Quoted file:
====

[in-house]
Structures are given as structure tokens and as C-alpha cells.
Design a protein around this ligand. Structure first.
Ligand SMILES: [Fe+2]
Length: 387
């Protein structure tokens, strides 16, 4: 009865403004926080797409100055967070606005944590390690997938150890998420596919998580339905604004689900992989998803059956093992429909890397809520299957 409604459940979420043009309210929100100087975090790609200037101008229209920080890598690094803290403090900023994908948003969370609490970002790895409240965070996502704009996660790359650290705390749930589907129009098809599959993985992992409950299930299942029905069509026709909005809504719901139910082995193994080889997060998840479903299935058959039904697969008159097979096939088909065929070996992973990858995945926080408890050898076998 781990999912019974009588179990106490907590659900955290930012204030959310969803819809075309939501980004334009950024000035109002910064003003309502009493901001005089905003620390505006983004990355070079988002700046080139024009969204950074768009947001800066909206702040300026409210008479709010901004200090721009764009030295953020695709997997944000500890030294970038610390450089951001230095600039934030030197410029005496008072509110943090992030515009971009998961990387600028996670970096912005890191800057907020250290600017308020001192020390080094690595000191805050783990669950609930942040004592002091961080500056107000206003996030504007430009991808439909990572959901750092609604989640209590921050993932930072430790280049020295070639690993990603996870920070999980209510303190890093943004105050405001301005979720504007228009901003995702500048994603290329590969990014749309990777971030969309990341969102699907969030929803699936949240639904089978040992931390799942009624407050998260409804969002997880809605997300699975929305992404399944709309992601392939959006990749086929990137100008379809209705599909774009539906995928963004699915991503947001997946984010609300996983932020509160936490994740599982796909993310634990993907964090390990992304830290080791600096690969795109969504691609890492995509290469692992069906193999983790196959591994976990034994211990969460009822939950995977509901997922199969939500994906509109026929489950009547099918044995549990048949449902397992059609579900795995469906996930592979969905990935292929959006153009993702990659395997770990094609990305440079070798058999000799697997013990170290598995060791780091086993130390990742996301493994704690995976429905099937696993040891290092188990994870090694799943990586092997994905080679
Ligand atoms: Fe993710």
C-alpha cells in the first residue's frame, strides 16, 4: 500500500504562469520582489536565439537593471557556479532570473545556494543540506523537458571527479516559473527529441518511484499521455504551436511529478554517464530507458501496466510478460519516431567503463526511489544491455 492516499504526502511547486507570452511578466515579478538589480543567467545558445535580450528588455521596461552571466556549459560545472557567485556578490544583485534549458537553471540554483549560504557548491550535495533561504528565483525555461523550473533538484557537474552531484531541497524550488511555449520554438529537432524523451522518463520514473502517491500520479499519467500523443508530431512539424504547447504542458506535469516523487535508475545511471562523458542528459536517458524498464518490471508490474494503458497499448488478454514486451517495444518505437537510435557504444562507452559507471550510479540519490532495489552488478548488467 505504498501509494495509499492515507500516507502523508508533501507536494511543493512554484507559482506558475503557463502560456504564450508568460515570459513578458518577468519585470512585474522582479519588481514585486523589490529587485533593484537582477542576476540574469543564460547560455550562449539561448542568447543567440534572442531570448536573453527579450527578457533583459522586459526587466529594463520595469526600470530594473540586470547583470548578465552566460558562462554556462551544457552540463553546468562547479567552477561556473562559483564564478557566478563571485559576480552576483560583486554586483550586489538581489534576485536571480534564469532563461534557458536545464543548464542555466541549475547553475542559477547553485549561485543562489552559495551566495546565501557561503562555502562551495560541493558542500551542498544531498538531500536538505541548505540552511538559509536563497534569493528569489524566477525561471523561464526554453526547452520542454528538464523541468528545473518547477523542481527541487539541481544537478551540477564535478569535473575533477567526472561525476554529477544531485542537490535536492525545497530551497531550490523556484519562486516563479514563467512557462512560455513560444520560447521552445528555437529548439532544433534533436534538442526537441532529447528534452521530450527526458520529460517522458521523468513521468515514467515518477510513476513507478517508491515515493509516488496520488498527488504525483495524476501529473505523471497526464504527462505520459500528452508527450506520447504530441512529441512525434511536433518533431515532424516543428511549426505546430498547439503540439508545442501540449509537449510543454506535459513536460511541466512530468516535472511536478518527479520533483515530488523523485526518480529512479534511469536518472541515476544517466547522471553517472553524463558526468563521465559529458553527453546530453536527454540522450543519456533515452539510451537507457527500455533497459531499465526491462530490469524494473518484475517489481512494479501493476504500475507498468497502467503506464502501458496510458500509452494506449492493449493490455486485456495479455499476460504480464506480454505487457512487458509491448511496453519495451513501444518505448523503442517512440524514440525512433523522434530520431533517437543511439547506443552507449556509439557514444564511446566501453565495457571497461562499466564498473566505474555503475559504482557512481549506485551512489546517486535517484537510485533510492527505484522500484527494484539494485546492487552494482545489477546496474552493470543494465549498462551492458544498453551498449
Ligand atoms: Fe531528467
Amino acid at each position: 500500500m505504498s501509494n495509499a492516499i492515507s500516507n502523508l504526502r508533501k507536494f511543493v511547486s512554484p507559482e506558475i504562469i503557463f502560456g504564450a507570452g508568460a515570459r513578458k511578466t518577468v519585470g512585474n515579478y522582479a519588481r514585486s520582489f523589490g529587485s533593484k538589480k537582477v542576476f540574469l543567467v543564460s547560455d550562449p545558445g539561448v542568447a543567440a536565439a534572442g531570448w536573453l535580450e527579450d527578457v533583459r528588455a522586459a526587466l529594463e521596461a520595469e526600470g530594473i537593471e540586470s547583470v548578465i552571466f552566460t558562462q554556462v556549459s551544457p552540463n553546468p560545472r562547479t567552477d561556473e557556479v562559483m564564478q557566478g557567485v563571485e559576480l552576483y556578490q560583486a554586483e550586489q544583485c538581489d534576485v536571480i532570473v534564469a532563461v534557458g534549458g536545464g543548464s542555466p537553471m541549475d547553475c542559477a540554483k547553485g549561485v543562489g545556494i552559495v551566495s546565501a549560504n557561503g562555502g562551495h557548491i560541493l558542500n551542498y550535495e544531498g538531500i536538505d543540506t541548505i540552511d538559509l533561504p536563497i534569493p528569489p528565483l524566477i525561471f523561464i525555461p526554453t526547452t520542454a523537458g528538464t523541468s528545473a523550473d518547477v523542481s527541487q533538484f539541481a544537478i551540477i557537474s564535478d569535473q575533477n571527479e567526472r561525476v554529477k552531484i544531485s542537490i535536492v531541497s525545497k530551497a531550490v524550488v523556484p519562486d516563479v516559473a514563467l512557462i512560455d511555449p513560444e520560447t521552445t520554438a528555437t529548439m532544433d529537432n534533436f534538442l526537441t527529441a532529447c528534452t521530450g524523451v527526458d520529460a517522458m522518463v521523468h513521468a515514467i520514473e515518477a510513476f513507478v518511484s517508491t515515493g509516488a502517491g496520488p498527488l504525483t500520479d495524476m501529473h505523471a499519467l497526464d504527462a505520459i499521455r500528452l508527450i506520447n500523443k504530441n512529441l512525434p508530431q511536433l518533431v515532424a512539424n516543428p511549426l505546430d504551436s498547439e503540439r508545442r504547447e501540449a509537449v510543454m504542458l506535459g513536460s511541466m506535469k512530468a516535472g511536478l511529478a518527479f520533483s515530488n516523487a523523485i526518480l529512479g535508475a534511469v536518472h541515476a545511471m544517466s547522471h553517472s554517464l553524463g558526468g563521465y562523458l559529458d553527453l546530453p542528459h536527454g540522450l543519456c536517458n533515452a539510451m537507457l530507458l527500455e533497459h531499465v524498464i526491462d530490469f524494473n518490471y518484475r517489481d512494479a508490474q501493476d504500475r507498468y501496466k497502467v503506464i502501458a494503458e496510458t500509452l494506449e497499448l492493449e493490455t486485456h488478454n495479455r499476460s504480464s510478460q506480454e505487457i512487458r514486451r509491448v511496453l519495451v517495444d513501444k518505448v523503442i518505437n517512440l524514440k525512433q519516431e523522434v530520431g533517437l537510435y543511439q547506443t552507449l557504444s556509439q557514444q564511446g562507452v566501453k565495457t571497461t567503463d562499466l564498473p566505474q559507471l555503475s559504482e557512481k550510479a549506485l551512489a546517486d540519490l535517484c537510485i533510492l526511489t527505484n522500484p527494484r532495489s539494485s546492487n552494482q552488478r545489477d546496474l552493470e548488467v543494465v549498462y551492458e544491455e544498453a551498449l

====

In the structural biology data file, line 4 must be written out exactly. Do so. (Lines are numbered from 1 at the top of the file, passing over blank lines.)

Ligand SMILES: [Fe+2]